Another example of Sino-foreign agribusiness partnership came in September 2010, when China Bright signed an agreement to form a strategic partnership with Japanese Company Mitsui. Under the new partnership, Mitsui would share its business experience and technology, its specialized knowledge in business management, and its global networks to help China Bright become a global company. China Bright in exchange will provide Mitsui with its business experience, infrastructure, networks and access in a wide range of products (upstream to downstream) to expand the company’s business into the Chinese market.


Finally, just recently, on November first of this year, the Australian cotton cooperative

Namoi Cotton entered Heads of Agreement for the proposed establishment of a 50 percent/50 percent joint-venture with China National Cotton Group Corporation to for the procurement and global marketing of Australian bale cotton. The joint-venture is expected to assist Namoi Cotton in mitigating the risks associated with market volatility and liquidity. This agreement is yet another move of the greater trend of Chinese agribusiness companies looking to foreign cooperate with foreign entities to satisfy their local demand.



Latin America is the world’s farm. In terms of arable land China has 0.11 hectares per capita, or less than half of the world average. On the other hand, Latin America averages twice as much at (0.25) as China. Argentina and Paraguay have seven times more arable land than China while Brazil, Uruguay, Bolivia, Nicaragua and Cuba have more by a threefold. Mexico and Belize have twice as much.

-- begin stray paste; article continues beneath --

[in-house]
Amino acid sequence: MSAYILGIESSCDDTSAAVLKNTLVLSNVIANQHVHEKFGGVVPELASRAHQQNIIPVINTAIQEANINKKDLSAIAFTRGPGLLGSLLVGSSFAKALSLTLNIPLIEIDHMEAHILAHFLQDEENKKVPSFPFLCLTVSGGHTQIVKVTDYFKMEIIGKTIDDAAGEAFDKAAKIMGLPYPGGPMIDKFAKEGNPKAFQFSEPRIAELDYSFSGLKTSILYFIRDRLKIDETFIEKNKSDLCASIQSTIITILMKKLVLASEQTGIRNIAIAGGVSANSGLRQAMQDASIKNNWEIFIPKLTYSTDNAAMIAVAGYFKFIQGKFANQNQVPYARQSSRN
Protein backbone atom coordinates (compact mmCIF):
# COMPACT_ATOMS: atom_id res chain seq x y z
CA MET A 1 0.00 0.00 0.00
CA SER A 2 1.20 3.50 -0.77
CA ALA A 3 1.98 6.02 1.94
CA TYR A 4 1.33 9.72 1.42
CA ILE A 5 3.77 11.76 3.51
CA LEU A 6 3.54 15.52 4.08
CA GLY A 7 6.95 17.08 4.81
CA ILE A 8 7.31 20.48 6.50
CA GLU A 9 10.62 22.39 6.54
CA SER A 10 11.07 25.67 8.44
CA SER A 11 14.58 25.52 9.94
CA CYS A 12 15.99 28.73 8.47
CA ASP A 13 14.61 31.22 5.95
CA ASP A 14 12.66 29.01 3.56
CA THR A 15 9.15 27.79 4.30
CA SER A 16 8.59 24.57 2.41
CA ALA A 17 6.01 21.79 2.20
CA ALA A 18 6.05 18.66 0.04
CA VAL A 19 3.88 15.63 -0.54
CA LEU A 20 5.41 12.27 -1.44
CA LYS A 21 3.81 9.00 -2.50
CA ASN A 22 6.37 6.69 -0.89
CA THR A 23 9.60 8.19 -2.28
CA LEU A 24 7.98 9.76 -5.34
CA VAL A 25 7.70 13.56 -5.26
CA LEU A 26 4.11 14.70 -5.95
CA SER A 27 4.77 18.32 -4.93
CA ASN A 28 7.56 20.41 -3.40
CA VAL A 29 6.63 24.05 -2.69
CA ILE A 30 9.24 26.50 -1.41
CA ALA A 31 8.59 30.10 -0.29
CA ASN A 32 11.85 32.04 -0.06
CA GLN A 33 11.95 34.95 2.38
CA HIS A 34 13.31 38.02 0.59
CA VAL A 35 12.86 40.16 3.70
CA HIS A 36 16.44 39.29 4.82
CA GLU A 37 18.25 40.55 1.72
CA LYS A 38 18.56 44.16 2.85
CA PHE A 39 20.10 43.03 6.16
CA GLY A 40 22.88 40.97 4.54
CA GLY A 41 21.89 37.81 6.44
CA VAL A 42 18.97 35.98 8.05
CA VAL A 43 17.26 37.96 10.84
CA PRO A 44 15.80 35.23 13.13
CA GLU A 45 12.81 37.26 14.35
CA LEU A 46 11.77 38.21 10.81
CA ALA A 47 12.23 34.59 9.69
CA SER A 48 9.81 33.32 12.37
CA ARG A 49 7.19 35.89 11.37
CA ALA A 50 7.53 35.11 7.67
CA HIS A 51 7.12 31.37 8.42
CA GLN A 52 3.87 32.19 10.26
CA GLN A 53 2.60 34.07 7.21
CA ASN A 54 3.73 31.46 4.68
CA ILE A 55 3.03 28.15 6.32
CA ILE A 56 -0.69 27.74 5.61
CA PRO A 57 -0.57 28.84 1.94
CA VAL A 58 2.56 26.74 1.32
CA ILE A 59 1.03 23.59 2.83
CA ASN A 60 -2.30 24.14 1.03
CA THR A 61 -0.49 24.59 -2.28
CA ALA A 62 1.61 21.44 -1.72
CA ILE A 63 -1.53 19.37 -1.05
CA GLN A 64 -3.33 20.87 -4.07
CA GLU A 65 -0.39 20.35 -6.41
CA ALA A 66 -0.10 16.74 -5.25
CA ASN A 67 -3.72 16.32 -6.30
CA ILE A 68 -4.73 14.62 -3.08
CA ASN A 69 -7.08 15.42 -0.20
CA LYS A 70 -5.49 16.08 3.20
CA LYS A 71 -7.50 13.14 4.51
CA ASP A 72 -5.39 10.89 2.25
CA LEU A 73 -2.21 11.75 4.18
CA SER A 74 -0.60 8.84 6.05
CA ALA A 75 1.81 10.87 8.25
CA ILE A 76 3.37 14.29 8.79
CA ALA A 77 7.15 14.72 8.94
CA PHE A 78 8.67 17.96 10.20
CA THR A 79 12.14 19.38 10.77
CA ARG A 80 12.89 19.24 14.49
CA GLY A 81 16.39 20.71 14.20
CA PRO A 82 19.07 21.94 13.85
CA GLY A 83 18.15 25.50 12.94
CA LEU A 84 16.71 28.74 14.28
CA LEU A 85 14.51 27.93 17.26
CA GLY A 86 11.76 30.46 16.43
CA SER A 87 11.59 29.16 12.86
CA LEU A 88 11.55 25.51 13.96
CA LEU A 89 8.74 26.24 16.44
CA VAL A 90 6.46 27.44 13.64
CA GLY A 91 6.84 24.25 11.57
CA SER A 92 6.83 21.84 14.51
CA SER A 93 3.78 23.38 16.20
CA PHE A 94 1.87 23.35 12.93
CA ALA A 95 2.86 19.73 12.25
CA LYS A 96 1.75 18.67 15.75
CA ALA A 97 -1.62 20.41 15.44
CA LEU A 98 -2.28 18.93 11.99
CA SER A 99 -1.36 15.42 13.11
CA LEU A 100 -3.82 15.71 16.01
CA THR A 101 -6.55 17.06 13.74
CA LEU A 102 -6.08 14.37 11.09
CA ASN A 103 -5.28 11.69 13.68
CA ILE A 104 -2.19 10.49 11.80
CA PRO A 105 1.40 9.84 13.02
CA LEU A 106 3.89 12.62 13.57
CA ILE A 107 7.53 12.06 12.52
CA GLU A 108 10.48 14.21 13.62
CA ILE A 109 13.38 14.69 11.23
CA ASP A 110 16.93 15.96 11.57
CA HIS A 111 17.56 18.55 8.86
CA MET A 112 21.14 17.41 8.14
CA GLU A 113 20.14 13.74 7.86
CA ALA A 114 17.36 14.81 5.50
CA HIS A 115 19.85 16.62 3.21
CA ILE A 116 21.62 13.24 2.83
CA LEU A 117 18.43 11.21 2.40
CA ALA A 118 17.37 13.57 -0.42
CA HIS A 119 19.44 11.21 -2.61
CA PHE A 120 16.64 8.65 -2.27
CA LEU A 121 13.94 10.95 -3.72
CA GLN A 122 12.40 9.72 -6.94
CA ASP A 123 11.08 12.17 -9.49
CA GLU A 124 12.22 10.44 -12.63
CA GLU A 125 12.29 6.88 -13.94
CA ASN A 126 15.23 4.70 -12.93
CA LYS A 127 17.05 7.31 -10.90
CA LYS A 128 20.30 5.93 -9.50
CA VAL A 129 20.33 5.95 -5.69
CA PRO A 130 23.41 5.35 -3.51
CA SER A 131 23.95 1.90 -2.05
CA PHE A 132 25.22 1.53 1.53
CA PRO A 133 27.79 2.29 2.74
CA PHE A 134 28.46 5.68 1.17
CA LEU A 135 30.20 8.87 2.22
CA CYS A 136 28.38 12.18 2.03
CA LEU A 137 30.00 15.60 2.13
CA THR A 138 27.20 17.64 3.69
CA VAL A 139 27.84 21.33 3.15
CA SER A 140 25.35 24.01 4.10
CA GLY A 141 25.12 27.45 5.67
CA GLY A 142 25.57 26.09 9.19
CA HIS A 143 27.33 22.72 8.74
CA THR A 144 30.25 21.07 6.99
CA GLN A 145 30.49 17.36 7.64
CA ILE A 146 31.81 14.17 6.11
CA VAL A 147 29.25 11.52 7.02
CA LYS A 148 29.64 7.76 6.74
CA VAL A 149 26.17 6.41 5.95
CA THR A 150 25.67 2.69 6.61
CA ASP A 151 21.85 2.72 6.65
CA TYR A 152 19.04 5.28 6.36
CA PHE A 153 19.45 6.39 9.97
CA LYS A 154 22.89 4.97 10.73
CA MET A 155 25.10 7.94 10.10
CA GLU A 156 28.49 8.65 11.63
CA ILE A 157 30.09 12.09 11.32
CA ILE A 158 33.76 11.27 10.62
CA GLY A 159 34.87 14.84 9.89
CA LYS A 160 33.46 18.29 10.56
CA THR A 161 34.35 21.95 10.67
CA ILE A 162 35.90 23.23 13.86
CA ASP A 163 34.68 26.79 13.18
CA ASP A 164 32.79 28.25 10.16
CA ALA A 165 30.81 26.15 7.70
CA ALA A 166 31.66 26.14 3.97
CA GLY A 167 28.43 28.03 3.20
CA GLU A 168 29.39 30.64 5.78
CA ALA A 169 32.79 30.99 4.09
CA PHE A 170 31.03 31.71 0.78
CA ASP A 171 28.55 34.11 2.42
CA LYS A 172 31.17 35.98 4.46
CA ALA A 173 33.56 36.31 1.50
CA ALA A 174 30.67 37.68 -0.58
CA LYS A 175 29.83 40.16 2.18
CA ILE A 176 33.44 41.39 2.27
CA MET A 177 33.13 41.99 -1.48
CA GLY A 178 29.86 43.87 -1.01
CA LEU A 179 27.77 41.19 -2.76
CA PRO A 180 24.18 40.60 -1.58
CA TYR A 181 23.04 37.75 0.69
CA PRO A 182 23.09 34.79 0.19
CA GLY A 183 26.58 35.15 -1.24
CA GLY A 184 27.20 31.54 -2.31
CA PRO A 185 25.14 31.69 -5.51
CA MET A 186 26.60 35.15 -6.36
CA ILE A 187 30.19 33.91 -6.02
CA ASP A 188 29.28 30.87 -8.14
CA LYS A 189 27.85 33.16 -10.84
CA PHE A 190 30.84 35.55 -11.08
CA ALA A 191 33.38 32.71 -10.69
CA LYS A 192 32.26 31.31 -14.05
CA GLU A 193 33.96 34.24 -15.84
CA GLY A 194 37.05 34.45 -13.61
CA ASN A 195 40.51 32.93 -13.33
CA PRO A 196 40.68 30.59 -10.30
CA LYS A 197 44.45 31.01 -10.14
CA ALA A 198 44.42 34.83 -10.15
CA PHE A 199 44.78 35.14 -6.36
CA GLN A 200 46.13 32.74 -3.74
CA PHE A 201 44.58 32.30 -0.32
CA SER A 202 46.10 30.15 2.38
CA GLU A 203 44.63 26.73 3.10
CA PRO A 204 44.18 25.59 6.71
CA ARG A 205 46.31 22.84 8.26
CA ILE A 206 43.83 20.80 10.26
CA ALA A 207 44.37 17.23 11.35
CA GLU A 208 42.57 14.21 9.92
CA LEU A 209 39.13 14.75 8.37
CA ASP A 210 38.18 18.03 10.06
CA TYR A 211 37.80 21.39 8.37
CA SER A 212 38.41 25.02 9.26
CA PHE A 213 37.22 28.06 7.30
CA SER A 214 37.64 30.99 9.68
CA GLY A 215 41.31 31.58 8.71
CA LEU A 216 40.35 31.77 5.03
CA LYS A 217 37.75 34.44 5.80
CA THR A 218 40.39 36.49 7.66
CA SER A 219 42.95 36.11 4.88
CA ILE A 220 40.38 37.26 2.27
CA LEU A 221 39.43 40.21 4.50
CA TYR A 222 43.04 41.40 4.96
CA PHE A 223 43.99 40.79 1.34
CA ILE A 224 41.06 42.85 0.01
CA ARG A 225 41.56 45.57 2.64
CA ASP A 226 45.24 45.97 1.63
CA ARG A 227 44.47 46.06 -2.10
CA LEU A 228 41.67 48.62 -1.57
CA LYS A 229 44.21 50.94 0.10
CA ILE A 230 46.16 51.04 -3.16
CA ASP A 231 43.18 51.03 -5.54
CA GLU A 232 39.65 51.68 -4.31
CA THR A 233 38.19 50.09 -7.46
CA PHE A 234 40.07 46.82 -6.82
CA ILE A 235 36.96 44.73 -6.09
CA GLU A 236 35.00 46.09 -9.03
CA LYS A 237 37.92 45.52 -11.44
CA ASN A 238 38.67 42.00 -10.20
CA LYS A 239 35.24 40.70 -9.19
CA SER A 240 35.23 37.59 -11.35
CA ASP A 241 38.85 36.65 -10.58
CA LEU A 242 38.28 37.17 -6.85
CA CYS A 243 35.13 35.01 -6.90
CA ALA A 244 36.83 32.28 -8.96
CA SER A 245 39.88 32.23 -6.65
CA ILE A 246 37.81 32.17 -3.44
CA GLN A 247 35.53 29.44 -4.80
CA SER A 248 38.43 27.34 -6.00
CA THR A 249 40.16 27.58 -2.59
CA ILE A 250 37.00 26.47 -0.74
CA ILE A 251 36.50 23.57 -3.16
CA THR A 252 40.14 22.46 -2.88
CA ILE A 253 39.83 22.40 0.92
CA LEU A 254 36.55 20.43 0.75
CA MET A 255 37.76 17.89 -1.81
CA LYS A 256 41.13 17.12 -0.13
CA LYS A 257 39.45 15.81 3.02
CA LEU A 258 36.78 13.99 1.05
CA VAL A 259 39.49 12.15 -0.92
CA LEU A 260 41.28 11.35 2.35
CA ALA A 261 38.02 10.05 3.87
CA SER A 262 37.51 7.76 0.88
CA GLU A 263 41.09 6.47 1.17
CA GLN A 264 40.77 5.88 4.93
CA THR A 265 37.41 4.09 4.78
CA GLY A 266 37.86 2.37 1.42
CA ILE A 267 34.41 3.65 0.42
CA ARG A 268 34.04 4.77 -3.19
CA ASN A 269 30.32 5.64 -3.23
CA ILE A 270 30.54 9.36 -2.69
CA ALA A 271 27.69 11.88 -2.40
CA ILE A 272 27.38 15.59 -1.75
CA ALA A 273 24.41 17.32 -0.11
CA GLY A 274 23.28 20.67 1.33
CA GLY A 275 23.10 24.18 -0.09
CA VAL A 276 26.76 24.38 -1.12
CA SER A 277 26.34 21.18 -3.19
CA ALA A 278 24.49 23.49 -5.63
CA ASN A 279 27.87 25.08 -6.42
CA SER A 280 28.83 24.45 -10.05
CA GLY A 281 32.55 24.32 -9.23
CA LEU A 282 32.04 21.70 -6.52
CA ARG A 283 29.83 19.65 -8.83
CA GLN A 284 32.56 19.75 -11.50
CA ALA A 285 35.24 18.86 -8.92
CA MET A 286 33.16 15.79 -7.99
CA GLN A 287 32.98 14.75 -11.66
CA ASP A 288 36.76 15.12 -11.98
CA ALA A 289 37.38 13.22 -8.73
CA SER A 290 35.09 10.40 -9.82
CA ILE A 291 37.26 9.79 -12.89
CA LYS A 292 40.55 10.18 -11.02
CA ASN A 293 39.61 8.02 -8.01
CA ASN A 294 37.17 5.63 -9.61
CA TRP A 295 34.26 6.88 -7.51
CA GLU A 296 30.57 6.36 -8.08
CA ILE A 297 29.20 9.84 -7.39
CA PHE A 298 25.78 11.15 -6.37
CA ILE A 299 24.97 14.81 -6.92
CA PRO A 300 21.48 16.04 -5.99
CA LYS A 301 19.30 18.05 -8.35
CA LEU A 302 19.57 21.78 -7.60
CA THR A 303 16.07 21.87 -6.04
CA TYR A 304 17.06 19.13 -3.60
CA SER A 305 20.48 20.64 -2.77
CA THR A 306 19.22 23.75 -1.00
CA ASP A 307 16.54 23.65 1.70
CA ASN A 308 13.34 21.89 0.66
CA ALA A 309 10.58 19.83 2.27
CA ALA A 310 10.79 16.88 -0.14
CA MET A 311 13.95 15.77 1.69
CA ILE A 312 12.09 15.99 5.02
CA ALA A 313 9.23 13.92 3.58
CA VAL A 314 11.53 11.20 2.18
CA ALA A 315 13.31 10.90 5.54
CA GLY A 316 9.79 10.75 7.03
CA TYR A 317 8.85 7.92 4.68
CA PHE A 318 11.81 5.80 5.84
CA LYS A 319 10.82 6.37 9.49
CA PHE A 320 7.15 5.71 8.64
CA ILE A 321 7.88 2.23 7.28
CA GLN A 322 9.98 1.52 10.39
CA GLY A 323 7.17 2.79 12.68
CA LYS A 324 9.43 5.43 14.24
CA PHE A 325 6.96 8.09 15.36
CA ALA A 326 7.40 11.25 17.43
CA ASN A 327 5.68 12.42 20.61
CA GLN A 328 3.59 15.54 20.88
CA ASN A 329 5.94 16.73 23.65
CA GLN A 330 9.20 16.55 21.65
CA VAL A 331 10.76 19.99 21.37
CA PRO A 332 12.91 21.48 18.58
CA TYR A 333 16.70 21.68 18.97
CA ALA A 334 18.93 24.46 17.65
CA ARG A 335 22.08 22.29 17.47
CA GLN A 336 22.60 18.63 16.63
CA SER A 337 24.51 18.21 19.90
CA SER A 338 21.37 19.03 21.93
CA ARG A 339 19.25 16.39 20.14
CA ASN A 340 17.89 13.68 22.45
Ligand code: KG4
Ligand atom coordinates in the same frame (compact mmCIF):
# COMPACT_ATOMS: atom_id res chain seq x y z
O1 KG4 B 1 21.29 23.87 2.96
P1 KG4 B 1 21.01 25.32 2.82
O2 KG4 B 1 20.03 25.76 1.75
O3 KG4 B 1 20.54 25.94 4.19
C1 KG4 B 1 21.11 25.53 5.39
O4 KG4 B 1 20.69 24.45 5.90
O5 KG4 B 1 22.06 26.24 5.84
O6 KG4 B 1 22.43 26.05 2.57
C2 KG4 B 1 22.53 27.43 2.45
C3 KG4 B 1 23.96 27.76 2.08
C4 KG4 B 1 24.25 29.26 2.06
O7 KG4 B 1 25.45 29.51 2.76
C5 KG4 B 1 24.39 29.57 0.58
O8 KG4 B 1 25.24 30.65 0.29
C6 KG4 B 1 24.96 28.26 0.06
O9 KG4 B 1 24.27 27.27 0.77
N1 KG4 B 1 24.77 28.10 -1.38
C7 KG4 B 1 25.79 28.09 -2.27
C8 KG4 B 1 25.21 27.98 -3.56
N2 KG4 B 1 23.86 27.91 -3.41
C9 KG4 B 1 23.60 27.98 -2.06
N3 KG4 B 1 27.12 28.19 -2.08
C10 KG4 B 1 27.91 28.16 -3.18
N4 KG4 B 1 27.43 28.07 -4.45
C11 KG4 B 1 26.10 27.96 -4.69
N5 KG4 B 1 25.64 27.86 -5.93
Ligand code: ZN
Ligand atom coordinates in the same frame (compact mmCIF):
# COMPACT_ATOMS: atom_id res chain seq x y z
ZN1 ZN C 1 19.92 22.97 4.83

Land is useless without water, but Latin America is a particularly alluring region for agribusiness because the region holds 34 percent of the world’s total renewable water resources. China only accounts for 5.2 percent of the total share. This figure is more astounding considering that Latin America has less than half the amount of people. In addition, the World Bank places Latin America among the regions with the cleanest water. Every country in South America aside from Jamaica and El Salvador have water so pure that there exists only 0.5 tons of pollutant/km3 of water. On average, water in China has 3.78 tons of pollutant for each cubic kilometer. A clean freshwater supply is crucial for agriculture in a country, for it helps reduce dependency on pump sets, purifiers and irrigation systems--equipment that significantly increases costs.


Latin America is filled with rivers, streams and lakes. It holds three of the world’s ten largest rivers: the Amazon, Orinoco and Parana. China, on the other hand, is home to the world’s second largest river, the Yangtze, which is ten times smaller than the Amazon and seriously affected by pollution. In addition, Latin America is privileged with favorable weather for agricultural